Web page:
BRICKrhetoric: A Literary and Visual Arts Publication

BRICKrhetoric is another prestigious online publication that features the works of students and faculty alike. It’s a literary and arts visual journal that’s founded in 2009 in the campus of University of Chicago. What sets this online publication apart from the rest is that aside from featuring different literary works, BRICKrhetoric also highlights the talent of aspiring photographers by showcasing their photos as well as their views on society.


The team behind this publication believes that by providing such a medium, they would be able to celebrate the beauty and culture of literary and visual arts as well as support literacy and promote cultural awareness. Since its conception, BRICKrhetoric has featured various articles that highlight original artwork, poetry, prose and photography. But they don’t feature all types of original work. No. They only accept submissions that are in line with their vision. This means that as long as your work is related to promoting multiculturalism, urban life or community engagement then, your work will definitely be considered.


If you’re interested in joining BRICKrhetoric, the good news here is that you have that chance every month. Why? They publish five of their favorite pieces among all the submissions every 5th day of the month. And that’s apart from the quarterly publication that they do.


They have a number of qualifications depending on the piece you’re doing. If you’re doing poetry, there’s no line limit so it’s all up to you but there’s a catch though. You can only submit up to six poems. The same goes for photography, you can only submit six so make sure that every photo counts. For creative nonfiction and persuasive essay, you can submit one or two pieces but make sure that each is within the 2,500-word limit. For fine arts, you can do four. It can be a painting, sculpture, collage, calligraphy, film, mosaic or installation. The same goes for science as art projects. You can do four as long as it’s a scientific theme that’s featured in drawings, photography, poetry, prose or any other artwork.


There you have it. So what are you waiting for? 


The Adroit Journal

If you’re interested in getting your works published, why not try sending your literary pieces to different online publications? There are so many aspiring writers doing just that. If you’re new to this, let me give you a brief rundown on what it’s all about. Literary magazines are online publications that give student-writers the chance to have their works published on their monthly or quarterly issues. They feature everything from write-ups, interviews and reviews to stories and poems. If you’re featured, there are those that provide a bit of allowance to these students. But even without that, it’s still worth the experience, right?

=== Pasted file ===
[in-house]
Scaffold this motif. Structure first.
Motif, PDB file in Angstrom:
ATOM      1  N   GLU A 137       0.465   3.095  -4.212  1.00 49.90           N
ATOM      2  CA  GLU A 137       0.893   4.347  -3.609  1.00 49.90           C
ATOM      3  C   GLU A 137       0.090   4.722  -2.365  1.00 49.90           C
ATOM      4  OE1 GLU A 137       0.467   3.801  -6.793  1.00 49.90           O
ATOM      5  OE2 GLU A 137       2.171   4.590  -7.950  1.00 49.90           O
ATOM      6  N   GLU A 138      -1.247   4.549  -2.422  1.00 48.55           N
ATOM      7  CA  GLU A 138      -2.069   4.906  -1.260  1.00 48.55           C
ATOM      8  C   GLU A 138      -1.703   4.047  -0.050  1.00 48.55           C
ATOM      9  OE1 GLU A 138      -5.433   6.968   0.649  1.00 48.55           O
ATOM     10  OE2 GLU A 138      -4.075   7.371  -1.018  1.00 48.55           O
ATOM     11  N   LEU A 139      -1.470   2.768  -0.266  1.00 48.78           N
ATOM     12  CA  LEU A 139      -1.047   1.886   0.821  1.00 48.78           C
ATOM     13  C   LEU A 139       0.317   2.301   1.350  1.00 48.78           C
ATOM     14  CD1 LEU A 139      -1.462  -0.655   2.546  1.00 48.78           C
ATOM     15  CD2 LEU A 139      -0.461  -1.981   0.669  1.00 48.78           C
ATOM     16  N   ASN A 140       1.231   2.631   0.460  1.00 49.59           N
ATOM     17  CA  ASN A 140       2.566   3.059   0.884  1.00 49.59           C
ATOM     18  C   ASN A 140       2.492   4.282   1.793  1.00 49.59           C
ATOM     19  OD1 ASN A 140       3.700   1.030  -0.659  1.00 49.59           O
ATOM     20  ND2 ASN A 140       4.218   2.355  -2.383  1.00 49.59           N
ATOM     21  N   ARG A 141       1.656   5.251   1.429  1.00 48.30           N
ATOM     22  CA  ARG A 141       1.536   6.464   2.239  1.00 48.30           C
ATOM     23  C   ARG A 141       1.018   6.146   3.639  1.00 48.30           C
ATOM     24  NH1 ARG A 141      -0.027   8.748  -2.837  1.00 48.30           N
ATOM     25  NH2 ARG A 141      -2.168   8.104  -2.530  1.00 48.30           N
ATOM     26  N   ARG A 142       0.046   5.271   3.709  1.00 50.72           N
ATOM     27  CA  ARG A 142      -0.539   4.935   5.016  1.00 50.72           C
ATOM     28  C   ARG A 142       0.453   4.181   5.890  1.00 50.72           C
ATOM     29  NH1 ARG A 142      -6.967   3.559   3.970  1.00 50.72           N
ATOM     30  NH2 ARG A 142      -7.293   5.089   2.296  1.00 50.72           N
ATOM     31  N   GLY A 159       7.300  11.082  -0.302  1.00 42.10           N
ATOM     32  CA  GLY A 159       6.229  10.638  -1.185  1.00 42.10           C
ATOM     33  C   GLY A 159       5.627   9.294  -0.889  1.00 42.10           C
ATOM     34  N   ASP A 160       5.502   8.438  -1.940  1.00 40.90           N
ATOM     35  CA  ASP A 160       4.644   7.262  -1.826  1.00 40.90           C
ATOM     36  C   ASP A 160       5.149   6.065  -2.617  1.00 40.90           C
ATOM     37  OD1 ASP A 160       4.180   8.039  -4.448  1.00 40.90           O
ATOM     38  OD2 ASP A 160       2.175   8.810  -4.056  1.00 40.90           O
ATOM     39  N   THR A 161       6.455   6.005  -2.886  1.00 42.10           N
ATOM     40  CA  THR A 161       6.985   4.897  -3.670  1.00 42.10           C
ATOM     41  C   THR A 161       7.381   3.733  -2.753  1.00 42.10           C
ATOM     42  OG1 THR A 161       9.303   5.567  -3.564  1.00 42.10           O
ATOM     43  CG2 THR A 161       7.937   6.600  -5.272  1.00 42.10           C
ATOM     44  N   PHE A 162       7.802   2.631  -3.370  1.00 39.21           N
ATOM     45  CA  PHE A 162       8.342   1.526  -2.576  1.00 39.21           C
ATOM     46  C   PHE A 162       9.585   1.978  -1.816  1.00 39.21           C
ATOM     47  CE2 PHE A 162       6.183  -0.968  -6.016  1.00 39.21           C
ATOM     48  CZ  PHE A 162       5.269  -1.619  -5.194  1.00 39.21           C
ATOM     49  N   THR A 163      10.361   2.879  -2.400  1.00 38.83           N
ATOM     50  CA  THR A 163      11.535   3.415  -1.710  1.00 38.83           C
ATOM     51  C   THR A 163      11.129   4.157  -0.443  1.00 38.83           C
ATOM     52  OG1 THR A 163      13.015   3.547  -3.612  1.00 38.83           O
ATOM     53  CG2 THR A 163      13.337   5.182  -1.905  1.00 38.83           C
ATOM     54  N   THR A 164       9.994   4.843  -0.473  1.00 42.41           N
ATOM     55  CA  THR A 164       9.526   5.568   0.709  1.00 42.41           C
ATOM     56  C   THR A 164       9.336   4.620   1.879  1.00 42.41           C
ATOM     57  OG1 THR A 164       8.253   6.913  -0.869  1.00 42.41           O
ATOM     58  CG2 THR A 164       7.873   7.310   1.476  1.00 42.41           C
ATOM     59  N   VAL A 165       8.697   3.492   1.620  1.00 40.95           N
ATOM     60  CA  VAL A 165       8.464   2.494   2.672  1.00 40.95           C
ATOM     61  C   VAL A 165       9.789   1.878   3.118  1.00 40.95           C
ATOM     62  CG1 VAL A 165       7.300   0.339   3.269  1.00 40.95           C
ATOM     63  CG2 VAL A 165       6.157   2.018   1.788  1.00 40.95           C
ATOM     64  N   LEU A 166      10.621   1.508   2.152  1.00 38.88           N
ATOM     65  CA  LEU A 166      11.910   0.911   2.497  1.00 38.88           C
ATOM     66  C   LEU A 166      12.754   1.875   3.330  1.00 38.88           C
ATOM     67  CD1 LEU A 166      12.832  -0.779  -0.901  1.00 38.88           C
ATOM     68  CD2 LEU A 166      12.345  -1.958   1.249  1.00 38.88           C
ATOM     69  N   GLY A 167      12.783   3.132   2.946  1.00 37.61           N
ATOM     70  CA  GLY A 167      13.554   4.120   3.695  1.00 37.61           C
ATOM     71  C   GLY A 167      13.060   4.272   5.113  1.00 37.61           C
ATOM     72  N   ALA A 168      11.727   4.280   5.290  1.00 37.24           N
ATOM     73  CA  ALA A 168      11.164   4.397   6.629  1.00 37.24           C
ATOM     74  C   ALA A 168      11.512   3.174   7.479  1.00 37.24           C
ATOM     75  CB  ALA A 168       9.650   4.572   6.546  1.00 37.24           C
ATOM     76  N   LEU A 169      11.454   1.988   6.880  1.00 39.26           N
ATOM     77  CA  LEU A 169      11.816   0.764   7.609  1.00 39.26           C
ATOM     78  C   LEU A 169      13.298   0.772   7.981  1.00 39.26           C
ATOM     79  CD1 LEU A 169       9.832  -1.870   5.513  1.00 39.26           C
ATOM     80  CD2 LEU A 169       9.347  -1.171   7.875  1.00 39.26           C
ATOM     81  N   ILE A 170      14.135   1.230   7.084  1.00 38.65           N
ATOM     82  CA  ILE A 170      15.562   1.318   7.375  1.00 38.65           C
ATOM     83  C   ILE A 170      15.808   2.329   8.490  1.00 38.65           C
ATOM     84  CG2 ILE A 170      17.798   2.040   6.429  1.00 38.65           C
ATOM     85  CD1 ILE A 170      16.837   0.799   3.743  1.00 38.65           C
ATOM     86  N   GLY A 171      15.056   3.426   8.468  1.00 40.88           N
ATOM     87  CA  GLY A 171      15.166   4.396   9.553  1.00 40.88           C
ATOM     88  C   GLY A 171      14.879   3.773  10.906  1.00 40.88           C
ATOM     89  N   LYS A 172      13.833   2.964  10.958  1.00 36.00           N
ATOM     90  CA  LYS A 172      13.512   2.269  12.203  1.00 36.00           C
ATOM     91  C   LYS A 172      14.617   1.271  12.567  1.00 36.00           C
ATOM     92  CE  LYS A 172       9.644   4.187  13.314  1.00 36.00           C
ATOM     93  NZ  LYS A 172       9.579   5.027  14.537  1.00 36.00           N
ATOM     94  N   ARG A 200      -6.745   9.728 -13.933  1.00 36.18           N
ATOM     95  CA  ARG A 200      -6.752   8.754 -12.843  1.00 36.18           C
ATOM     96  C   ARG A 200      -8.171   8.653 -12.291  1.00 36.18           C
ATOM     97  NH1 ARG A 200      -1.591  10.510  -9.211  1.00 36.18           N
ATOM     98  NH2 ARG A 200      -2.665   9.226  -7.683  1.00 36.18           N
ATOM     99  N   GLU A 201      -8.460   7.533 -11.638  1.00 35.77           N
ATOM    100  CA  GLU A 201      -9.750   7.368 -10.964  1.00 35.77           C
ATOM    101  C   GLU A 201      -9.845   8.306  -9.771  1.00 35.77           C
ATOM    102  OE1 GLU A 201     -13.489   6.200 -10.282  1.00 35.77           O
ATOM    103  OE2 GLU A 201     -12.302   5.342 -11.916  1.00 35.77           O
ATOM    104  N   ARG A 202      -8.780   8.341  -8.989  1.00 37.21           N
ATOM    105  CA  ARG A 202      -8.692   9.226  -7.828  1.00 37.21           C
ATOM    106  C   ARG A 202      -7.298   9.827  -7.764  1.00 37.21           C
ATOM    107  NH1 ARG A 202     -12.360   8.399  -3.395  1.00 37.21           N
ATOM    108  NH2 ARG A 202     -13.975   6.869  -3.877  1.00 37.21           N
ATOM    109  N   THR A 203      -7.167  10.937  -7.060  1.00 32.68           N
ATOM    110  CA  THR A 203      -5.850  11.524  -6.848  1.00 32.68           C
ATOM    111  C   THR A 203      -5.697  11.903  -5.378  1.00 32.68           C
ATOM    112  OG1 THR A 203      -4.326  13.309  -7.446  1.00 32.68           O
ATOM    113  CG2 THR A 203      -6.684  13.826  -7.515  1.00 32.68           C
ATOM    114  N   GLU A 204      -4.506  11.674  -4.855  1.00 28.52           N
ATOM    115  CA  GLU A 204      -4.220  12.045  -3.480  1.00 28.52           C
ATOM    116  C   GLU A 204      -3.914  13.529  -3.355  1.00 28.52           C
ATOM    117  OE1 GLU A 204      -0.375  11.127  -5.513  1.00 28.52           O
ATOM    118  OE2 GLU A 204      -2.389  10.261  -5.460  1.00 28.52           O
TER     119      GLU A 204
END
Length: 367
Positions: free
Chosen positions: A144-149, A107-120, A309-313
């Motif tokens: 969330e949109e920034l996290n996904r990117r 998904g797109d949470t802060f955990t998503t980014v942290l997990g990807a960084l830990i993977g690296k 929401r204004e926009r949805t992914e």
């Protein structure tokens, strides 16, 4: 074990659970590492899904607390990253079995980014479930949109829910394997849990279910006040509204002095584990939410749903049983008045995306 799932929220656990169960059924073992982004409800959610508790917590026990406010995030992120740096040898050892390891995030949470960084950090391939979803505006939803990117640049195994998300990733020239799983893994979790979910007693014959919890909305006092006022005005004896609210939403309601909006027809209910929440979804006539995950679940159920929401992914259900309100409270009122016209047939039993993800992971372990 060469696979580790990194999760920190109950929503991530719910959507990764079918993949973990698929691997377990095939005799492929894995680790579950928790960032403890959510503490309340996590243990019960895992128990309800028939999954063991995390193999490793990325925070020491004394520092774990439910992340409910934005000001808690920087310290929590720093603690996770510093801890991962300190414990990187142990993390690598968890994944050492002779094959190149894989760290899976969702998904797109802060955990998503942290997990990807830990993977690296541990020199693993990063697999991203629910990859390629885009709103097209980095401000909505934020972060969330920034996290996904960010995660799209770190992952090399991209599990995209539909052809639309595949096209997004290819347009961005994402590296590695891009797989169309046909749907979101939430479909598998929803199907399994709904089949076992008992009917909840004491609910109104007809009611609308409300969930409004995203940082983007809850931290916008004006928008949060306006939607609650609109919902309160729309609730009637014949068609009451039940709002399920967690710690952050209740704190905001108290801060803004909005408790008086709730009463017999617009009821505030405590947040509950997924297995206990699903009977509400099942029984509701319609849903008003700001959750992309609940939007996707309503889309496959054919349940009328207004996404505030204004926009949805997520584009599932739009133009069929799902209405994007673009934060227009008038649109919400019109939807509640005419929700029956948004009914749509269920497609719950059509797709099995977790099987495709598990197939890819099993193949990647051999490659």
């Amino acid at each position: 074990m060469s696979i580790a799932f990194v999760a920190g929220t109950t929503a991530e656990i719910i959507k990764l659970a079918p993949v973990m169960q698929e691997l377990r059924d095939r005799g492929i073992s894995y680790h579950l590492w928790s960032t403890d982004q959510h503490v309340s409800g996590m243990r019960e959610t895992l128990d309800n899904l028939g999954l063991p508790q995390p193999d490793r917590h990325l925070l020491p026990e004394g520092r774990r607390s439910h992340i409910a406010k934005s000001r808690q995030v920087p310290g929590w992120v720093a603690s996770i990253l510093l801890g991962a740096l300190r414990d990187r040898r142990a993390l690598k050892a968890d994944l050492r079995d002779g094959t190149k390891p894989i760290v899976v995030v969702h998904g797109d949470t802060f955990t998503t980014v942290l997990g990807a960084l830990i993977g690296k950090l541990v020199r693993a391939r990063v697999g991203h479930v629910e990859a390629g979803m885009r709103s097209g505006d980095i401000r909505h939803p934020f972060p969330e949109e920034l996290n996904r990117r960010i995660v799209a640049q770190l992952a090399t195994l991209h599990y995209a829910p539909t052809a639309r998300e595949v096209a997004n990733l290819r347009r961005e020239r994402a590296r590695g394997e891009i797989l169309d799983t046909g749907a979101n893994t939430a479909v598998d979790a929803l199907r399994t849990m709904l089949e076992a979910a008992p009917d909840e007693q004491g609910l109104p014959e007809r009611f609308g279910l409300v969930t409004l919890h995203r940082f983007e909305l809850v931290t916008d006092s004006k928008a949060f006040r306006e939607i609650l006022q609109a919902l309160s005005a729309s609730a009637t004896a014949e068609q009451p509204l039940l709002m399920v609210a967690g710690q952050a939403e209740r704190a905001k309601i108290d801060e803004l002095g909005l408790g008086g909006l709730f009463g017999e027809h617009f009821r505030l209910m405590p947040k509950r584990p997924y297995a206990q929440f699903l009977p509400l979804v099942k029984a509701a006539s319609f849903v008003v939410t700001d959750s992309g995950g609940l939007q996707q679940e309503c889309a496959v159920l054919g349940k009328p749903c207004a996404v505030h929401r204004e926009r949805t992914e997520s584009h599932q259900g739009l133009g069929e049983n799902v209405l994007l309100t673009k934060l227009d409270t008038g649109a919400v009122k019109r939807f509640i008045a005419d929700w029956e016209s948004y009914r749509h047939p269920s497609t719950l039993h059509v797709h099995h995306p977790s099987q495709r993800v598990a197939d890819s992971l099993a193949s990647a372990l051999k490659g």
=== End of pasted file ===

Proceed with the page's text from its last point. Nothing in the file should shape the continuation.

There are a number of online literary magazines available. One of the more popular publications includes The Adroit Journal. Many prefer it due to its vast array of topic submissions. It features all articles related to art and literature, be it rants or reviews, daily musings of newbie writers, essays, interviews or any type of fiction writing.

Founded in 2010 by Peter LaBerge, The Adroit Journal has become the avenue for great writers like Laura Kasischke, Lydia Millet, Diane Glancy, Ned Vizzini, Dorianne Laux and Terrance Hayes to bring their pieces across the globe. If you aspire to be one of them, all you have to do is submit your literary pieces here.

Currently, they’re looking for guest columns, guest blog posts, interviews and reviews. The guest column allows you to have a weekly post that you can write about your musings, provided it falls on the category you’ve pitched to them. It can be about the avant-garde art movement or about feminism or classics. It could be anything as long as it’s original. For the blog posts, these are one-off articles that are about 500 to 1,500-word long. Again, it could revolve around anything about art and literature. If you know any distinguished people in the field, you could do an in-depth interview that’s under 2,000 words. Feature any artist or writer you’re familiar with. The key here is to ask quality questions that will allow readers to view these people in a different light. Reviews, on the other hand, are more common. You can share your criticisms or appreciation of any recently-published novel, essay collection or poetry.

But remember, not everyone who submits an article is featured in the journal. That’s why you have to make sure that your piece stands out. Browse through their past articles to know what they’re looking for. You can either go for the lighthearted angle or be really serious about your views. Every submission requires either an outline or a cover letter so make sure you get that covered. Share your thoughts and ideas carefully and show them that writing matters dearly to you.

The rest of the details are listed in their site so make sure to read through them before doing your piece. Good luck!